Welcome to the Pyrite State.


The mortality rate for coronavirus is now 5.5% based upon the most recent figures released by the Iranian government.

That’s still quite high, but a lot better than the original 20% it seemed to be.


A sad side-effect of the coronavirus?

A survey has shown 38% of Americans asked are avoiding Corona beer because of the similarly named virus.

Would these same Americans avoid Coors beer if there were a coorsvirus, or PBR if there were a pabstvirus, or Sam Adams if there were an samadamsvirus?

Probably. *sigh*


It’s about time and now we can all breathe a sign of relief.

Democrat Presidential hopeful Tom Steyer ended his campaign after spending over $3000 per vote received and an endless series of boring, insulting, misleading and arrogant campaign TV ads. He gained zero delegates after spending a little over a quarter of a billion dollars on his campaign.

He would have been better off if he’d given me the $253 million he spent as I would have used it more wisely and created a lot of jobs in the process...and we’d never have had to see those gawdawful campaign TV ads.


This is just sick and shows just how far we have fallen.


Is there anything 5G isn’t going to be able to do?

While promises about 5G capabilities range far and wide, I have to wonder how much more it will really do that 4G/LTE isn’t already providing. Depending upon the applications and physical location, I honestly don’t see how much different it will be than what we presently enjoy. This is particularly true in rural areas, and specifically on farms.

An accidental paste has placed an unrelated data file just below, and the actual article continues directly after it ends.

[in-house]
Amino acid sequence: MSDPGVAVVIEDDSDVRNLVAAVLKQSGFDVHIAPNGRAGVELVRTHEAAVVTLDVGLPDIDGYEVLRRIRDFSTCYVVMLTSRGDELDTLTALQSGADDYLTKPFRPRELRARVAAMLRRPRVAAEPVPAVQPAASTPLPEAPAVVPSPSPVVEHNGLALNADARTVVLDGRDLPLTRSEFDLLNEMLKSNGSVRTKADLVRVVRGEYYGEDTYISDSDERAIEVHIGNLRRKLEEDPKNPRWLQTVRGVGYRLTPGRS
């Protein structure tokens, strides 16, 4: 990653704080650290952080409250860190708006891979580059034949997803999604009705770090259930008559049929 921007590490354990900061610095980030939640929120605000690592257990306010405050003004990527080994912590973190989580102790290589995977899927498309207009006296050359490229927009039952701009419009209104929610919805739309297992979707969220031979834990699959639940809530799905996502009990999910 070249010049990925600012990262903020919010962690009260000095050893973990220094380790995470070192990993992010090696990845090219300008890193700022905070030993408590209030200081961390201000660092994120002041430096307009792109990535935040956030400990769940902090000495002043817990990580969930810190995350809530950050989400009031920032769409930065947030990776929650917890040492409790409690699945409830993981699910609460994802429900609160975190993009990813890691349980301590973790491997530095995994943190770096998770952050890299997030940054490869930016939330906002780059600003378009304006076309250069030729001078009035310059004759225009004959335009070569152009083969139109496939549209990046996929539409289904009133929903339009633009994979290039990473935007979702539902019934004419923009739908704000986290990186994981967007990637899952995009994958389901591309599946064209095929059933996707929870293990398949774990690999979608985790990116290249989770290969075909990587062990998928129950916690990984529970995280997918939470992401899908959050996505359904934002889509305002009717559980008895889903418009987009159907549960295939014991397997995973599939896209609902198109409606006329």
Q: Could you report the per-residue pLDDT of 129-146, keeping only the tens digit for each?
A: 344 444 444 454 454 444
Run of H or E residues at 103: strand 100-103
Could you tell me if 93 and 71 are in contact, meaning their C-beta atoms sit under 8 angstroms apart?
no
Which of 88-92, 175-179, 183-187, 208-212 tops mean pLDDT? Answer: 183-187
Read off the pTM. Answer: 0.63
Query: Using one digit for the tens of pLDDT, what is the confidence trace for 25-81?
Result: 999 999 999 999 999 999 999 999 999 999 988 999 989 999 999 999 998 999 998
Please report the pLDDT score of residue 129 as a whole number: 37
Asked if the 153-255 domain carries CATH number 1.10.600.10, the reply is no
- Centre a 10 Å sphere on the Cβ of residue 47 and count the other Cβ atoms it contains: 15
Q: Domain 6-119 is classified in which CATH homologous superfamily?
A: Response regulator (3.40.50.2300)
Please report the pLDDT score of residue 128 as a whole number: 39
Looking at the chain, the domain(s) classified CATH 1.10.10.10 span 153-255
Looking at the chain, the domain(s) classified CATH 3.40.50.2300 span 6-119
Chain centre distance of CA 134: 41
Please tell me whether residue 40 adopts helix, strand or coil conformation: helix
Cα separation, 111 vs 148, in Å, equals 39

For those of you who are less technically inclined, the 5G many are oohing-and-aahing over won’t exist in rural areas. That’s because of the short range nature of the new 5G radio bands. In urban and thickly/moderately settled suburban areas the high speed 5G deployments make sense. Because of the large number of 5G cells required to provide service as compared to 4G/LTE, the Return-On-Investment exists to make the deployment worthwhile. But in more thinly settled suburban and rural areas, the ROI doesn’t exist, so there isn’t likely to be build-outs of high speed 5G cells in those areas.